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Nasal Sprays for Allergies: The 10 Most Important Things to Know

by Dr. Sharon Orrange on September 4, 2014 at 11:41 am

The most effective single therapy for people with nasal congestion and runny nose from allergies is a steroid (glucocorticoid) nasal spray. There are many options out there, new and old, but here are 10 things that may surprise you:

1.  Do they work?  Intranasal glucocorticoids are currently the most effective single maintenance therapy for allergic rhinitis and cause few side effects at the recommended doses. They work better than oral antihistamines (Claritin, Zyrtec, Allegra) for nasal congestion, sneezing and post-nasal drip.

2.  Does the steroid get absorbed into my system?  There are first generation and second generation nasal sprays and this is important for you to know because first generation nasal steroids are absorbed into the bloodstream more than the newer agents. First generation intranasal steroids have a 10 – 50% systemic bioavailability, which means a higher chance of systemic side effects.

3.  Fewer side effects.  Second generation intranasal steroids have LESS systemic absorption of steroid. These are Flonase (fluticasone propionate), Veramyst (fluticasone furoate), Nasonex (mometasone furoate), Omnaris (ciclesonide) and Zetonna (ciclesonide).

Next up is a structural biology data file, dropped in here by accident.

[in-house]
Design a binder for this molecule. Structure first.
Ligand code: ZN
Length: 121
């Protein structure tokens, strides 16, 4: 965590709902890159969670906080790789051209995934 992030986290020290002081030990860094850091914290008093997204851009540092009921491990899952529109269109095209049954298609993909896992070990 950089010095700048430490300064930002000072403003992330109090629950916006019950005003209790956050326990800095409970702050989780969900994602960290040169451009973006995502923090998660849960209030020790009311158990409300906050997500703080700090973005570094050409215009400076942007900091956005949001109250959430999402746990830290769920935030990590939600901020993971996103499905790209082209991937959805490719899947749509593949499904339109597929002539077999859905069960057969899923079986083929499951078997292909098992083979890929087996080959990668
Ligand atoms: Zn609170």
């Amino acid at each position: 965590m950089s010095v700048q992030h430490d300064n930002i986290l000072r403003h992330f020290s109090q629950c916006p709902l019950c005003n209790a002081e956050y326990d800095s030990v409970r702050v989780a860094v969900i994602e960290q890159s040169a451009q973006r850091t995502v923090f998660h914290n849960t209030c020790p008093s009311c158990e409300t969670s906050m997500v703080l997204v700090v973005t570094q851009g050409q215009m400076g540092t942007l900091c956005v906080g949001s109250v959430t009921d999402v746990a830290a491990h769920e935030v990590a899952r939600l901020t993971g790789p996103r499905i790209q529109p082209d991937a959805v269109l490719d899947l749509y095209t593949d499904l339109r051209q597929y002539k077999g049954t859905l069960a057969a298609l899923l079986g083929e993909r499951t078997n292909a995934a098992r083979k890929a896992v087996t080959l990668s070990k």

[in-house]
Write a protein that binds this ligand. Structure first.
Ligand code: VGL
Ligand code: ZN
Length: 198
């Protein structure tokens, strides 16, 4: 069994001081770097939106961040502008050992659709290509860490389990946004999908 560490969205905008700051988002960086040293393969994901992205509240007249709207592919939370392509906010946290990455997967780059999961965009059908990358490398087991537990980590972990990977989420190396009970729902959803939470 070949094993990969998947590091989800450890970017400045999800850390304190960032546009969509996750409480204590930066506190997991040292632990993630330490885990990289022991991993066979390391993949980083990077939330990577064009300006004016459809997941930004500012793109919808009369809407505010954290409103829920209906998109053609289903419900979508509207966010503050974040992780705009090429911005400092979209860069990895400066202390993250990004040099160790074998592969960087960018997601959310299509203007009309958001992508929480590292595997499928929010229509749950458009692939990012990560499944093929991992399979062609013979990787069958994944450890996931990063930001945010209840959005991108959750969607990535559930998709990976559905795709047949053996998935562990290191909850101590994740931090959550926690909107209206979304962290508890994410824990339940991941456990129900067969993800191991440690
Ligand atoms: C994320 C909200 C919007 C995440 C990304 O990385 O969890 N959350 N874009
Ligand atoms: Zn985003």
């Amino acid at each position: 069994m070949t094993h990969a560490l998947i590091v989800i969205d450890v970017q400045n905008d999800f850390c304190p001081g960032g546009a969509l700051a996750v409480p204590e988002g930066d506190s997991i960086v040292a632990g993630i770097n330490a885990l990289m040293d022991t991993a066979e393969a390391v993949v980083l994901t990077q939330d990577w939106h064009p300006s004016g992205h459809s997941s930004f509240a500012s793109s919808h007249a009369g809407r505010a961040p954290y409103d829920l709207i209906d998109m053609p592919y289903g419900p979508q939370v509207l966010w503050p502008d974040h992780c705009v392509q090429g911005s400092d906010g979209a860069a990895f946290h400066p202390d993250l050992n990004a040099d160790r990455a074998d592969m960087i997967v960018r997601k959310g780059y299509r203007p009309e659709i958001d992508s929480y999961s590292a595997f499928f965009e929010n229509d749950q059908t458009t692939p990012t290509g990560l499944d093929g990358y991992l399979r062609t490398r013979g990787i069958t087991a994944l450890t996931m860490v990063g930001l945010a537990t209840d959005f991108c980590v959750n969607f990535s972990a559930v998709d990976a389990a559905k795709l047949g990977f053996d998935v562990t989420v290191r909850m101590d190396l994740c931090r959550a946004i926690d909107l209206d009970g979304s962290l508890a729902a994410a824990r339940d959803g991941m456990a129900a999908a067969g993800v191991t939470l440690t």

4.  First generation sprays,  which offer MORE systemic absorption of steroid, include Rhinocort (budesonide), Nasacort AQ (triamcinolone), Beconase AQ (beclomethasone dipropionate) and Qnasl (beclomethasone dipropionate).

5.  Are any of them over the counter?  Yes, in the United States Nasacort became available without a prescription in 2014 (as Nasacort Allergy 24HR).

6.  Is one better than the others?  Studies comparing different intranasal steroid preparations have not demonstrated significant differences in effectiveness. While they all work the same, side effect profile and taste are different.

7.  How fast do they work?  Intranasal steroids will start to work in a few hours but may take days to weeks for maximal effect.

8.  How do they work?  These nasal sprays work in a couple of ways: they tone down the inflammatory response by activating anti-inflammatory proteins, and they suppress many cytokines that promote inflammation.

9.  Are there any scary side effects?  Nosebleeds can be a problem with all the intranasal steroid sprays, often from the trauma of the spray. Talk to your doctor if your nasal steroid gives you nosebleeds.

10.  I hate the spray, are there any other options?  Yes, there are now dry powder formulation nasal sprays. Patients who don’t like the wet run-off or taste side effects of some of the nasal steroids may like these new dry powder formulations. Qnasl and Zetonna are the two nasal sprays available that use a “dry” aerosol delivery system.

What has your experience been?

Dr O.

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